According to U.S. Secretary of Agriculture Sonny Perdue, DUNS and SAM were designed for billion-dollar government contractors, not everyday farmers trying to support their families. These changes help streamline the customer experience of farmers, which is a top priority at USDA, he said.

“This change greatly simplifies the contracting process for our customers and staff,” said Acting NRCS Chief Leonard Jordan. “Conservation program participants will soon receive letters from their local NRCS office with more details.” Continue reading

04-24-18 EPA Announces Availability of Funding to Reduce Emissions from Diesel Engines Nationwide

EPA NEWS RELEASE. www.epa.gov/newsroom

EPA Announces Availability of Funding to Reduce Emissions from Diesel Engines Nationwide

Preference given to fleets in areas facing air quality challenges

DENVER (April 24, 2018) — The U.S. Environmental Protection Agency (EPA) announced the availability of grant funding to modernize the nation’s diesel fleet by retrofitting or replacing vehicles with cleaner, more efficient diesel engines. EPA anticipates awarding approximately $40 million in Diesel Emission Reduction Program (DERA) grant funding to eligible applicants, subject to the availability of funds.

“These grants will incentivize improvements to aging diesel fleets and improve air quality throughout the country,” said EPA Administrator Scott Pruitt. “EPA will continue to target funds to areas facing significant air quality issues.” Continue reading

READ the NAFB’s National Ag News for Tuesday, April 24th

CLICK HERE to listen to TODAY's BARN Morning Ag News with Brian Allmer...

CLICK HERE to listen to TODAY’s BARN Morning Ag News with Brian Allmer…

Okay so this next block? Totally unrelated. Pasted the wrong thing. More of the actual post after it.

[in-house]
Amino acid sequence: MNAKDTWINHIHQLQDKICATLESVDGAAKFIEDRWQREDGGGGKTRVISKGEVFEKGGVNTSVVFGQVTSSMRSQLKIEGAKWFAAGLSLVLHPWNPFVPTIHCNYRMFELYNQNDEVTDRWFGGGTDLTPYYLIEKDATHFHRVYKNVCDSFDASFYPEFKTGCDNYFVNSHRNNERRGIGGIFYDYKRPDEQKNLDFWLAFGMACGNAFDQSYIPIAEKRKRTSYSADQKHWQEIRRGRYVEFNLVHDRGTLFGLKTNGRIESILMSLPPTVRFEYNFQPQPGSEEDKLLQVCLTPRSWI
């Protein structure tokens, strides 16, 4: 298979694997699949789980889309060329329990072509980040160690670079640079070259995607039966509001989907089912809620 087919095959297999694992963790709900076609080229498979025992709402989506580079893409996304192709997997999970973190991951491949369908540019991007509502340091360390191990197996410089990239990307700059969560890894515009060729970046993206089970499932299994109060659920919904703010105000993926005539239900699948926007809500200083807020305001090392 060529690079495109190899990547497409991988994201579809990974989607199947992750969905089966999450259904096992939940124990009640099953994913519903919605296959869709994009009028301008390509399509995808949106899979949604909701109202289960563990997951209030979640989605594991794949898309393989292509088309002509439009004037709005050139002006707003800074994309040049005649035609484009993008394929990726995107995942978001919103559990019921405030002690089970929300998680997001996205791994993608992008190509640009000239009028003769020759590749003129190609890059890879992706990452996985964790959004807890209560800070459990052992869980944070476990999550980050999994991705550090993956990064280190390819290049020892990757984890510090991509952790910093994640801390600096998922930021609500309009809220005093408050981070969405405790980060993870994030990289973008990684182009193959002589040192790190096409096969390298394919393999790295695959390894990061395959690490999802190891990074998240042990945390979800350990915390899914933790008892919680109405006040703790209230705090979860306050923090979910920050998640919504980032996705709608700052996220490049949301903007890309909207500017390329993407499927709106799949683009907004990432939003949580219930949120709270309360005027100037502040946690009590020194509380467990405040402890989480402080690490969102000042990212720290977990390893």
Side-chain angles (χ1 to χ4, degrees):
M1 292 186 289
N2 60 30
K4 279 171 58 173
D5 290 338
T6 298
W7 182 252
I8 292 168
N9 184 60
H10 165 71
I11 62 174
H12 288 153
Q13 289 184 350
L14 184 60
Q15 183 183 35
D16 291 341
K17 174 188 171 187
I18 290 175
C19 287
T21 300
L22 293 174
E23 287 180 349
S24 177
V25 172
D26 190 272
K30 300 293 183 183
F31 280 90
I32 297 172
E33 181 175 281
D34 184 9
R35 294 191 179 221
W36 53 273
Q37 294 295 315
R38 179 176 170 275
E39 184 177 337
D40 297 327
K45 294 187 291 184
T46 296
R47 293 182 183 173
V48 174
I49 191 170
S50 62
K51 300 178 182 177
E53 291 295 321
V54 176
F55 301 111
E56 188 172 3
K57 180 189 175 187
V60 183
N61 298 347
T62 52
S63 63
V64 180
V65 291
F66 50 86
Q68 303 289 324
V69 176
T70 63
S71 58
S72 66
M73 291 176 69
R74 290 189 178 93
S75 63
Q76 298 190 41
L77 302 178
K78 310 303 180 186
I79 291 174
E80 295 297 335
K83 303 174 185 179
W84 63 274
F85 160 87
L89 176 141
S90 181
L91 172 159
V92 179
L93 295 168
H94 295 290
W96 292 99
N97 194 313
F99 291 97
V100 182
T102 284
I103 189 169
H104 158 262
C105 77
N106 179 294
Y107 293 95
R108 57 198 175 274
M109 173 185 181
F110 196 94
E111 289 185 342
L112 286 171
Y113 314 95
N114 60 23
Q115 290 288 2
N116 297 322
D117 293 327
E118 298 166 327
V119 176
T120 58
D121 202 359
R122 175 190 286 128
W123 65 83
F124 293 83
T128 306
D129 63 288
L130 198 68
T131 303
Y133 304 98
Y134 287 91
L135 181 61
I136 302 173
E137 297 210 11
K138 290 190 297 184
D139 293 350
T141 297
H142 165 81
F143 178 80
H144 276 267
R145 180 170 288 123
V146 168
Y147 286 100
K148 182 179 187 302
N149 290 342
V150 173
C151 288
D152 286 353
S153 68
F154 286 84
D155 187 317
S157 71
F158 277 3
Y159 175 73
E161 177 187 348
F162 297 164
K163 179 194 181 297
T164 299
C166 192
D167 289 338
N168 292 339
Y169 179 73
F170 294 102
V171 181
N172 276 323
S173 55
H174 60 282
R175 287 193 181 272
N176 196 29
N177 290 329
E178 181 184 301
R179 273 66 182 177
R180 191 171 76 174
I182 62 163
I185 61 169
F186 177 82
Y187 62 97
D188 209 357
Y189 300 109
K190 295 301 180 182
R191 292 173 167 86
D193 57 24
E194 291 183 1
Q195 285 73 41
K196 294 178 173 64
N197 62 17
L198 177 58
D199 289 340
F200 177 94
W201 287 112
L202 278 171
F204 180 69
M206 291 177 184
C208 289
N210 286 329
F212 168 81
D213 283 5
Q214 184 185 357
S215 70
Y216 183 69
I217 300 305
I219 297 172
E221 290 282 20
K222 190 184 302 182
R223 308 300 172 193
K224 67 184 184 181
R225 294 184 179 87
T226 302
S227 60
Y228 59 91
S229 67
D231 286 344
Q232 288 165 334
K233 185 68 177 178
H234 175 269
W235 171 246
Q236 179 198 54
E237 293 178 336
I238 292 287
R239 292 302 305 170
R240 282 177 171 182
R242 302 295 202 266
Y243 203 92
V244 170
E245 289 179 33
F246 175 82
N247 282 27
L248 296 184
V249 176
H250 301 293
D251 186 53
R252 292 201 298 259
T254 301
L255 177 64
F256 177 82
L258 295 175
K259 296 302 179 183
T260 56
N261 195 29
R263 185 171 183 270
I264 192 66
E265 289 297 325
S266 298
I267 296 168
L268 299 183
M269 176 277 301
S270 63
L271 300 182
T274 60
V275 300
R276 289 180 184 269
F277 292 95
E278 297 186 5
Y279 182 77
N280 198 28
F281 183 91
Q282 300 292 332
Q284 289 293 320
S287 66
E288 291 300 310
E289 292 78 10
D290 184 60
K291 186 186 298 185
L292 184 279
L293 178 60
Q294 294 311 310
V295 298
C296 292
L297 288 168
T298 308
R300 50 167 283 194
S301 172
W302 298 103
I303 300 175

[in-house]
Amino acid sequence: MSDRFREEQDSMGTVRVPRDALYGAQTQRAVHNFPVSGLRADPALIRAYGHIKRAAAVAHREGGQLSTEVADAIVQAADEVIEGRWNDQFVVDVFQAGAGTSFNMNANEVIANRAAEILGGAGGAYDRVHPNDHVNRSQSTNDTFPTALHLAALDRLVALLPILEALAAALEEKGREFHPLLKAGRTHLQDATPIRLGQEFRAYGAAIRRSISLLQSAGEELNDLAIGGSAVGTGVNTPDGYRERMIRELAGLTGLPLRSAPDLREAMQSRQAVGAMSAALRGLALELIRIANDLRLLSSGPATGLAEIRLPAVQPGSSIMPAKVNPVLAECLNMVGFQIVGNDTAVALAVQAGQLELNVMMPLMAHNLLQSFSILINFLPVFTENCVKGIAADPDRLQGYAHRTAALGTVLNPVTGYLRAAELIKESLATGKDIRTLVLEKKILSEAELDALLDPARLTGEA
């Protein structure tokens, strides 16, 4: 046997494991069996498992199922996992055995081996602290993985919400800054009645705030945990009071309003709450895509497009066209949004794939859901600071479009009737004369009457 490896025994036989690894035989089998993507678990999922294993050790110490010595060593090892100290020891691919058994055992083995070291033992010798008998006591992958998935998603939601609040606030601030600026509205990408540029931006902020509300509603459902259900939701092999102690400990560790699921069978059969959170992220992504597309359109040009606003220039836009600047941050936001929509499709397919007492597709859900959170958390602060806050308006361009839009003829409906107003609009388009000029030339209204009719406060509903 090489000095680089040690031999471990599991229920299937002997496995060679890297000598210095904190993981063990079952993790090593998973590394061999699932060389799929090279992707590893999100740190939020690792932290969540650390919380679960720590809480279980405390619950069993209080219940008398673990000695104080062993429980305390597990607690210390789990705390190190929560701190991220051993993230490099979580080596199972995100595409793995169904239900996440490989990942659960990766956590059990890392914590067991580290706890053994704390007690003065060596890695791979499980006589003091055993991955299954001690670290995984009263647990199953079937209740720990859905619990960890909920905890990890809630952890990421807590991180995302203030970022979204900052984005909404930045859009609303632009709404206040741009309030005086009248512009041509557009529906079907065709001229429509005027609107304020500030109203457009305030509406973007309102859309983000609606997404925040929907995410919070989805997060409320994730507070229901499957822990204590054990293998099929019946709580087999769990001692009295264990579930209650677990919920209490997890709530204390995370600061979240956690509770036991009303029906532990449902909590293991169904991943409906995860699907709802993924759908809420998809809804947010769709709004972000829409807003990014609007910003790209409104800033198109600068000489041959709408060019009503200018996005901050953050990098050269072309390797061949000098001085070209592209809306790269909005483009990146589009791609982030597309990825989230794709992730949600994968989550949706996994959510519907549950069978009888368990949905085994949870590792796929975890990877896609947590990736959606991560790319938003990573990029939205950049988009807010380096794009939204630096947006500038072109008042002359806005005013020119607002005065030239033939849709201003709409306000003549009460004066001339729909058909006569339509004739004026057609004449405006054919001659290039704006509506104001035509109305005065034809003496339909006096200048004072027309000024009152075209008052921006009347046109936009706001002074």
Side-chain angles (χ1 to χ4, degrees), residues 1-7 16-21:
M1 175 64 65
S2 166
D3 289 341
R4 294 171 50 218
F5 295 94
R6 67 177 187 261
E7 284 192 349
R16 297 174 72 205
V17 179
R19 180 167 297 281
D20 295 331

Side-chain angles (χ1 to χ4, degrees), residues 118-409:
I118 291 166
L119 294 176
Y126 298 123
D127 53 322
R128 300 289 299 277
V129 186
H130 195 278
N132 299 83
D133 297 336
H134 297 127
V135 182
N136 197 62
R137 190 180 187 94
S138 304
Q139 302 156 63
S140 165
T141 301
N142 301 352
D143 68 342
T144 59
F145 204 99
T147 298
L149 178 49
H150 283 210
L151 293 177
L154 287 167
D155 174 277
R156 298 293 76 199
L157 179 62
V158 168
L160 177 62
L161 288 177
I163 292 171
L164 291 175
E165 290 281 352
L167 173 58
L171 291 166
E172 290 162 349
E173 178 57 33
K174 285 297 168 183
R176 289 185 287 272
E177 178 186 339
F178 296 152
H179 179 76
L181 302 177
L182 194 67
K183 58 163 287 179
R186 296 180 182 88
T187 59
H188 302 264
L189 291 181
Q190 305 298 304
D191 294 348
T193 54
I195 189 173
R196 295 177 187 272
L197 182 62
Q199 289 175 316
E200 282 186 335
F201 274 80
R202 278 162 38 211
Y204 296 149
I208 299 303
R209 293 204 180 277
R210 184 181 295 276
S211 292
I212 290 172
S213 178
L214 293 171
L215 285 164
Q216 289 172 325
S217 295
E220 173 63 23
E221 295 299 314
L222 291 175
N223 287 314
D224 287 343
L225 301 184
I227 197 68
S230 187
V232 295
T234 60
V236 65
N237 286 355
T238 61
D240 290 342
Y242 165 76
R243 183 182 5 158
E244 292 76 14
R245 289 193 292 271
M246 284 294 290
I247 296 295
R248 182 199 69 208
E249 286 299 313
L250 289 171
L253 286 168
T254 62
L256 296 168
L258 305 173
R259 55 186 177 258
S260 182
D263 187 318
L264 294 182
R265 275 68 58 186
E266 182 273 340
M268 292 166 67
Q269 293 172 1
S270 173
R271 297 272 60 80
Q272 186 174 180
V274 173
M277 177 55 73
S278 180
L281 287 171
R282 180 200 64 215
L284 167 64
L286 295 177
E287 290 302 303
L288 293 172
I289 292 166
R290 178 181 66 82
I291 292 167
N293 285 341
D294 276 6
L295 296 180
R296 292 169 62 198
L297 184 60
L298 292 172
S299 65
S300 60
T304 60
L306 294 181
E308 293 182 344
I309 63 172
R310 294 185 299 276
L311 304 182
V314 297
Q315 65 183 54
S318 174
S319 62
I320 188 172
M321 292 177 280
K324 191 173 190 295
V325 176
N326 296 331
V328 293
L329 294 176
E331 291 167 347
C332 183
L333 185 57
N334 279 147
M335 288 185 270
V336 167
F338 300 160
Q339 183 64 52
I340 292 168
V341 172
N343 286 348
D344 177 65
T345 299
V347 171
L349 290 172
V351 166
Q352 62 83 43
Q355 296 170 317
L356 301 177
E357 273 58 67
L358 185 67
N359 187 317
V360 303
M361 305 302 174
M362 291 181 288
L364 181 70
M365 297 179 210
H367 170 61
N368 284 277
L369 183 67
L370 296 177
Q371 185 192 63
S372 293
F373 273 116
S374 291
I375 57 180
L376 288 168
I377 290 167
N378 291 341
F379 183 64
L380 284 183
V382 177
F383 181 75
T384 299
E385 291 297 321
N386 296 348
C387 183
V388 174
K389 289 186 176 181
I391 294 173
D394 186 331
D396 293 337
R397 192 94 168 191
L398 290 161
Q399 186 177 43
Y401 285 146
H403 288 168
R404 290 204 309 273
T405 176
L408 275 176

Sponsored by the American Farm Bureau Federation

READ the NAFB’s National Ag News for Tuesday, April 24th

Comprehensive New NAFTA Coming Soon

Negotiators from Mexico, the U.S., and Canada are still pushing hard to get a “comprehensive” new North American Free Trade Agreement in place. Politico says negotiators from the three NAFTA countries have been meeting regularly in recent weeks, hoping for breakthroughs on some of the toughest issues yet to deal with. Those remaining issues include auto rules of origin, labor, and dispute settlement mechanisms. “We are certainly in a more intense period of the negotiations and are making good progress,” says Canadian Foreign Minister Chrystia Freeland. U.S. Trade Representative Robert Lighthizer appeared confident in recent meetings with administration officials and Congress that he will be able to reach a preliminary NAFTA agreement in the next couple of weeks. The goal would then be to have a preliminary agreement in place by May fourth. U.S. officials have set a goal of Congressional approval before the lawmakers head home for the December holidays on December 13. Mexico’s own legislative session ends on August 31 and any renegotiated deal would have to be passed before then.  


Mexico/European Union Reach Trade Deal

The European Commission announced over the weekend that the European Union and Mexico had reached a free trade deal. A CNN Money report says the deal virtually eliminates tariffs on “practically all goods” traded between EU members and Mexico. The EU and Mexico said last year they would upgrade their trade talks to update the agreement they signed back in 2000. The announcement came at the same time that the U.S. was threatening to pull out of the North American Free Trade Agreement. Mexico and the EU appeared to take a shot at U.S. President Donald Trump when they announced the deal, calling it a defense of open and rules-based trade. The European Commission President, Jean-Claude Juncker, said over the weekend that Mexico and the EU worked together to reach a mutually beneficial outcome. “We did it as partners who are willing to discuss, to defend their interests, while, at the same time, being willing to compromise to meet each other’s expectations,” says Juncker. The deal marks a move by Mexico to lessen its reliance on the U.S. as its main trading partner.